The first week of 2018 started with a substantial rally in U.S. and foreign stocks. Both short and long treasury yields rose and the dollar fell. Oil prices continued to rise due to decreases in inventories. Light vehicle sales were down slightly in 2017 from 2016’s record. We believe auto demand will likely be less in 2018. At this time, any pent-up auto demand from the financial crisis has been supplied. We expect overall consumer spending to remain strong in 2018 with homebuilding continuing to strengthen.
In this busy week for economic data:
- The Caixin China purchasing managers index
- For manufacturing rose from 50.8 to 51.5 in December.
- For services rose from 51.9 to 53.9 in December.
- The HIS Markit Eurozone Manufacturing PMI came in at 60.6 in December, up from 60.1 in November. The increase in PMI indicates acceleration on Europe. The numbers were good across Europe with Austria, Germany and Ireland with the highest readings ever recorded. Growth in France was the highest in over 17 years and Greece, the fastest in 9 years.
- The Institute for Supply Management reported for the U.S.:
- Its purchasing managers index (PMI) for manufacturing rose to 59.7 in December from 58.2 in November signaling acceleration of U.S. manufacturing.
- Its PMI for non-manufacturing fell from 57.4 to 55.9. Keep in mind that anything over 50 represents expansion, just at a slower acceleration.
- The IMF chart shows the industrialized countries with the highest debt and the U.S. is the fourth highest. The biggest qualitative difference is Japanese citizens own the biggest share of Japan’s debt as compared to the other three.
- The Labor Department reported:
- Frist time claims for unemployment rose 3,000 to 250,000 in the prior week. The four-week moving average of claims rose 3,500 to 241,750.
- Non-farm payrolls rose 148,000 in December, below expectations. For the year, payrolls rose by 2.1 million, the seventh straight year over 2 million. The unemployment rate remained at 4.1%, a 17 year low.
- Wages grew a substantial 0.3% in December and 2.5% in 2017.
- The labor force participation rate, which is the percentage of Americans from age 15 to 64, who are working remained unchanged in 2017 at 62.7%. The lack of progress in the participation rate was due to an increase in early retirements offsetting gains in younger people working.
- According to Motor Intelligence, U.S. light vehicle sales (autos and light trucks) were down 5.2% in December from December of 2016. For the calendar year of 2017 light vehicle sales were down 1.8% from the record set in 2016. Light-duty trucks continued to gain while autos were down sharply in 2017.
- The Commerce Department reported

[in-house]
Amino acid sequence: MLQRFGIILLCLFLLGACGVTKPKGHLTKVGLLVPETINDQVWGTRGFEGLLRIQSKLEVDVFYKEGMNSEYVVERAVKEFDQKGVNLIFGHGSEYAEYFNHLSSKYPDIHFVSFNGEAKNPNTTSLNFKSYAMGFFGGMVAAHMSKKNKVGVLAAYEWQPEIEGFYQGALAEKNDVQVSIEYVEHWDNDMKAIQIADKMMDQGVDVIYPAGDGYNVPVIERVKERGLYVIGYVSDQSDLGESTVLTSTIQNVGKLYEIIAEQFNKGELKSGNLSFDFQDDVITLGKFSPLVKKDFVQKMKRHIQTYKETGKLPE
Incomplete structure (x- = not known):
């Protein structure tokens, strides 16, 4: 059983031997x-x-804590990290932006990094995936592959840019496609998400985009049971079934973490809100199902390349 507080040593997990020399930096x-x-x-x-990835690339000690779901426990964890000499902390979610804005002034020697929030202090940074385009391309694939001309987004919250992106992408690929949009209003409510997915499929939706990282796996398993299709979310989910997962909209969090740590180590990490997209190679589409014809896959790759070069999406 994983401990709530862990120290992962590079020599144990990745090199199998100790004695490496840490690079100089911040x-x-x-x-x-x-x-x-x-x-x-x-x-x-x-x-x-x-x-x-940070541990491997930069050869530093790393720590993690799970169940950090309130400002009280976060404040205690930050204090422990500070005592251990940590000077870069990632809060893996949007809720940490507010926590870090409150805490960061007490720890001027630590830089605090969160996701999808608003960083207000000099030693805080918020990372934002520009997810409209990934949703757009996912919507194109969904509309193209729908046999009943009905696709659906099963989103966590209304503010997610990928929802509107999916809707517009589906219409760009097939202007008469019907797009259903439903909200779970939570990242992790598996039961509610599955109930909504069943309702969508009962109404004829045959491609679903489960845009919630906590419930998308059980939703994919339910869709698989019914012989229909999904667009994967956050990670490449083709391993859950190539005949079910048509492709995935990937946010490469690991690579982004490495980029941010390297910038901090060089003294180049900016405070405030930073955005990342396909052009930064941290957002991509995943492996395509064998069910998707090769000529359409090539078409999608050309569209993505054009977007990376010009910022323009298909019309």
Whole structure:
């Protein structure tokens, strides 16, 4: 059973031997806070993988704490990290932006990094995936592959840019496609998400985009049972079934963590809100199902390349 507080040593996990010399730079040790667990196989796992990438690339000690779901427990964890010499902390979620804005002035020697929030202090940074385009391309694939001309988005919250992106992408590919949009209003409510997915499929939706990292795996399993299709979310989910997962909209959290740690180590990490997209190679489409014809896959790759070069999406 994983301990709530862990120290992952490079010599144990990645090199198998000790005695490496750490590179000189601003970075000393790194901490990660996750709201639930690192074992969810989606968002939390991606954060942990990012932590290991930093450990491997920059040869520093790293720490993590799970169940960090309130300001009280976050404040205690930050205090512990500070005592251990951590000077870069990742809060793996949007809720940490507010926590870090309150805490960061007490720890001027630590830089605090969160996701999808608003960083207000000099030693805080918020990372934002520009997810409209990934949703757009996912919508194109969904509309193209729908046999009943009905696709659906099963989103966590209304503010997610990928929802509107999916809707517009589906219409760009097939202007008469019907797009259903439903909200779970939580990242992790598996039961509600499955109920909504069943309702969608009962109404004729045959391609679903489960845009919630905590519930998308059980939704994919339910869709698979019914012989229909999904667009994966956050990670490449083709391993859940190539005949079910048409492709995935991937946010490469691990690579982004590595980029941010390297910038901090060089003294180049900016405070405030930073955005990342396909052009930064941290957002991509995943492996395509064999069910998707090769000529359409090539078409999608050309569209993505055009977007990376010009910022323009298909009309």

- Construction spending rose 0.8% in November, a sharp increase.
- The trade deficit rose 3.2% in November. Both imports and exports rose, but imports increased more based on consumer spending. For the first 11 months of 2017 exports grew 5.6% and imports rose 6.7%. Since imports are larger than exports, the trade deficit for the first 11 months rose 11.6% from the prior year.
- Factory orders rose 1.3% in November while Octobers order were revised from a 0.1% decline to a 0.4% increase. The increase was attributed to transportation and electrical equipment.
- The Energy Information Administration weekly report is here. Also the EIA reported:
- Weekly field production of crude oil rose 28 thousand barrels per day.
- Storage of Natural Gas fell 206 BN Cubic Feet as cold weather gripped the nation and demand surged. Supplies are in the lower half of the five year range at this time.
- Baker Hughes reported that the number of active oil rigs was unchanged at 747 and the number of active gas rigs was down 2 to 182.
Loren C. Rex, CFP®, AIF®, MA Erik A Smith
President Managing Partner
Generations Financial Planning & Wealth Management 269-441-4143
77 E. Michigan Ave, Suite 140
Battle Creek, MI 49017
Carrie Fuce, Assistant 269-441-4091
Toll Free: 800-513-8180
Visit our Website: www.genfinplan.com
Registered Representative of and securities offered through Cambridge Investment Research, Inc., a Broker/Dealer, Member FINRA/SIPC. Investment Advisor Representative, Cambridge Investment Research Advisors, Inc., a Registered Investment Advisor. Cambridge and Generations Financial Planning & Wealth Management are separate companies and are not affiliated.
These are the opinions of Loren Rex and Erik Smith and are not necessarily those of Cambridge, are for informational purposes only, and should not be construed or acted upon as individualized investment advice.